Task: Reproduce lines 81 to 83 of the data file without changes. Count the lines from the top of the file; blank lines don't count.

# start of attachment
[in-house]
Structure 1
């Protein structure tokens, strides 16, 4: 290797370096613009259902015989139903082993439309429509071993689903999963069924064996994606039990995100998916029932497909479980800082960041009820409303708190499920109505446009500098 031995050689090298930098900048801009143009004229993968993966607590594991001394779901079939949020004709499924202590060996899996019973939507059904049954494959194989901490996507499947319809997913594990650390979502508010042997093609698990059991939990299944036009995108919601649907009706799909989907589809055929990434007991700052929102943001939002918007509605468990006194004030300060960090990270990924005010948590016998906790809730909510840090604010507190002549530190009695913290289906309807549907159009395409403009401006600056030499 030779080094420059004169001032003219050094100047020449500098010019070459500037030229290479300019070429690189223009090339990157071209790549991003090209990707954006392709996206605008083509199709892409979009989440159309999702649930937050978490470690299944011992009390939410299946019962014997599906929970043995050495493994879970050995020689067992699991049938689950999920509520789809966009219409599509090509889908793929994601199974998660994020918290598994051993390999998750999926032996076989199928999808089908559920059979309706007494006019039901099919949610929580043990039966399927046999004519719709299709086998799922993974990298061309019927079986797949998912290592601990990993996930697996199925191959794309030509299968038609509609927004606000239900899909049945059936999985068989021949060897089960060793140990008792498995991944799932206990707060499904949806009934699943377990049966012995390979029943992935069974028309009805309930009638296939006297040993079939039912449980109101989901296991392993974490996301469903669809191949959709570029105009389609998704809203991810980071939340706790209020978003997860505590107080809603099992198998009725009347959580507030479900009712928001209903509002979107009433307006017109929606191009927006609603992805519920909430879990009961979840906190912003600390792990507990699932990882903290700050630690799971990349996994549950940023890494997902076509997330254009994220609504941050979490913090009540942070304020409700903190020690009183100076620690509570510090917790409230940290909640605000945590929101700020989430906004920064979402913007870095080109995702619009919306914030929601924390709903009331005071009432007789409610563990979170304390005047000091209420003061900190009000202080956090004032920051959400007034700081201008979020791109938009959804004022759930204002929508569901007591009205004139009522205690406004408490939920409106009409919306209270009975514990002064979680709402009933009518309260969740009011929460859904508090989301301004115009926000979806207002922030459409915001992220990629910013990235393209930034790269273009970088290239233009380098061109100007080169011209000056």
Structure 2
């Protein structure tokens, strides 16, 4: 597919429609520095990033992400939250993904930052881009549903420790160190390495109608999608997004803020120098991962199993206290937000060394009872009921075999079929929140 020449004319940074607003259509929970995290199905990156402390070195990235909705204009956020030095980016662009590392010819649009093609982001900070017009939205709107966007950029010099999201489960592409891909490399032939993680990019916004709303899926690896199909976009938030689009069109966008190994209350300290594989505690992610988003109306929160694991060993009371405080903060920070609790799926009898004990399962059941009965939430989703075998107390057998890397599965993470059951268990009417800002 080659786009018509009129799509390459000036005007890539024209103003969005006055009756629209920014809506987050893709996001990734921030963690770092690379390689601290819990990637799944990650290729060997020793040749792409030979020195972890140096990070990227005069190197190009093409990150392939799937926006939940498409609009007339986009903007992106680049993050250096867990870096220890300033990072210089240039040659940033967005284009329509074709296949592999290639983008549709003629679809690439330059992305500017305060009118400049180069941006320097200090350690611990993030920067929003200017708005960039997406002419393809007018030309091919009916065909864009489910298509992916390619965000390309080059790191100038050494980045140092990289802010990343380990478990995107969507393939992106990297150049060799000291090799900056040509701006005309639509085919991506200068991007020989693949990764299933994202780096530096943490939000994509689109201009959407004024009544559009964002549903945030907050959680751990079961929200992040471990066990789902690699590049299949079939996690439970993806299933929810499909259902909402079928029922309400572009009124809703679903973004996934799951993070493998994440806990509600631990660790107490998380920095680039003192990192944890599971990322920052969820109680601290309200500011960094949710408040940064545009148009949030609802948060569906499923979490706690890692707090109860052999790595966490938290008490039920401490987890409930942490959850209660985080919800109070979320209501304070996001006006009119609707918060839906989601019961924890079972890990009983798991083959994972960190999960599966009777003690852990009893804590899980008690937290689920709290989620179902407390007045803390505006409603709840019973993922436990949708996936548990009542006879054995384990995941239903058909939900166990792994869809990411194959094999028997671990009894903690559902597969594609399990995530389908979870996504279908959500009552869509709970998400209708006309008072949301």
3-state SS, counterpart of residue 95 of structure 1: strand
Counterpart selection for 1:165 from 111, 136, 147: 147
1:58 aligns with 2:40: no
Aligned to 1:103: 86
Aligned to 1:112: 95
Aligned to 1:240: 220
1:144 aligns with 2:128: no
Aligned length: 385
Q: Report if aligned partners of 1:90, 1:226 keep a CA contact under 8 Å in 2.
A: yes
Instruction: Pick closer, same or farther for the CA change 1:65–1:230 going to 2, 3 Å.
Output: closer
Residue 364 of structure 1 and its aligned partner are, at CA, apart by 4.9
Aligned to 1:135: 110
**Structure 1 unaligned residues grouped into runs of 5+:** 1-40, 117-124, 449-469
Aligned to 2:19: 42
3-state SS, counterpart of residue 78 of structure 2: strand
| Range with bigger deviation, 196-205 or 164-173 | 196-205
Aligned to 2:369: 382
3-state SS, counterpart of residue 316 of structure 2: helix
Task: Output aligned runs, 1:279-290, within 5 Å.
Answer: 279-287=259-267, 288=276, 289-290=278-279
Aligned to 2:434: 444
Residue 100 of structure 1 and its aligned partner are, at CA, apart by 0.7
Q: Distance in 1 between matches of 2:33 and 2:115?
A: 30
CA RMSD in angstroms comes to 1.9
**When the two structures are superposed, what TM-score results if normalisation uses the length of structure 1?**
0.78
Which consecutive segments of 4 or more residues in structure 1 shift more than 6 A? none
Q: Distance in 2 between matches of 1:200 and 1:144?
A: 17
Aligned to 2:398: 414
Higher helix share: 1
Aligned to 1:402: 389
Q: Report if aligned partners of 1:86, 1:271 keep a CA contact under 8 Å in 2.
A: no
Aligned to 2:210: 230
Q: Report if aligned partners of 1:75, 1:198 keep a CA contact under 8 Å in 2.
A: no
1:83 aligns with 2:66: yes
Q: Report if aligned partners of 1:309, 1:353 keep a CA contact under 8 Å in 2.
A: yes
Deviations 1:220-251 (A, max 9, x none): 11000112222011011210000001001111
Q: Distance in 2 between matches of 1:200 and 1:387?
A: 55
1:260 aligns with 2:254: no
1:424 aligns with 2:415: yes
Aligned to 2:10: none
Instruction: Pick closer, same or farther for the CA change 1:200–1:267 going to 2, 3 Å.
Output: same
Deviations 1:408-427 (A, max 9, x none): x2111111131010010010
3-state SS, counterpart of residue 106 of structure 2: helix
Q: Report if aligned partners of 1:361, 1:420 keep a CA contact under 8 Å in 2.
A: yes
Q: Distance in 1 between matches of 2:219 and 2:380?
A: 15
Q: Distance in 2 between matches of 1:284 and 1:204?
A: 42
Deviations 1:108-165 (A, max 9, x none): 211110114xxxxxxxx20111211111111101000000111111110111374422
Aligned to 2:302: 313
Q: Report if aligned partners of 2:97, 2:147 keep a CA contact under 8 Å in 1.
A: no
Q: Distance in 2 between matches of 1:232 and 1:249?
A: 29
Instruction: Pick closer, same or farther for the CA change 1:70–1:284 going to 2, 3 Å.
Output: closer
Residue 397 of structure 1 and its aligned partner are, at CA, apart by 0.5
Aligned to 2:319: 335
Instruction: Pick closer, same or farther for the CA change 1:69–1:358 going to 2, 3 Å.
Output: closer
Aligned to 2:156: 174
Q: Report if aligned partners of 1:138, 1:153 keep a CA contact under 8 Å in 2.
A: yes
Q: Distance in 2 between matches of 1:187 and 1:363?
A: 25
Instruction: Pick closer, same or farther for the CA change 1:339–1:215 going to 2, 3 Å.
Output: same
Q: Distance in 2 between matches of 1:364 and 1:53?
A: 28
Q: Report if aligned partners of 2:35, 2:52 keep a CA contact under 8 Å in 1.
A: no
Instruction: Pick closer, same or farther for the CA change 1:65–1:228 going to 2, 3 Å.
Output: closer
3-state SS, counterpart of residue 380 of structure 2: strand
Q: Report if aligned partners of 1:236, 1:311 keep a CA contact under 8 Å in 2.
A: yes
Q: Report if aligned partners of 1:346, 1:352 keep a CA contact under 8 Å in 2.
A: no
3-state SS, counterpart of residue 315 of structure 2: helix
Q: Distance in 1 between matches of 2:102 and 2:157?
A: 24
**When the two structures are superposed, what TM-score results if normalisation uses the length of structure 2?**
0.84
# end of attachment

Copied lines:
A: 25
Instruction: Pick closer, same or farther for the CA change 1:339–1:215 going to 2, 3 Å.
Output: same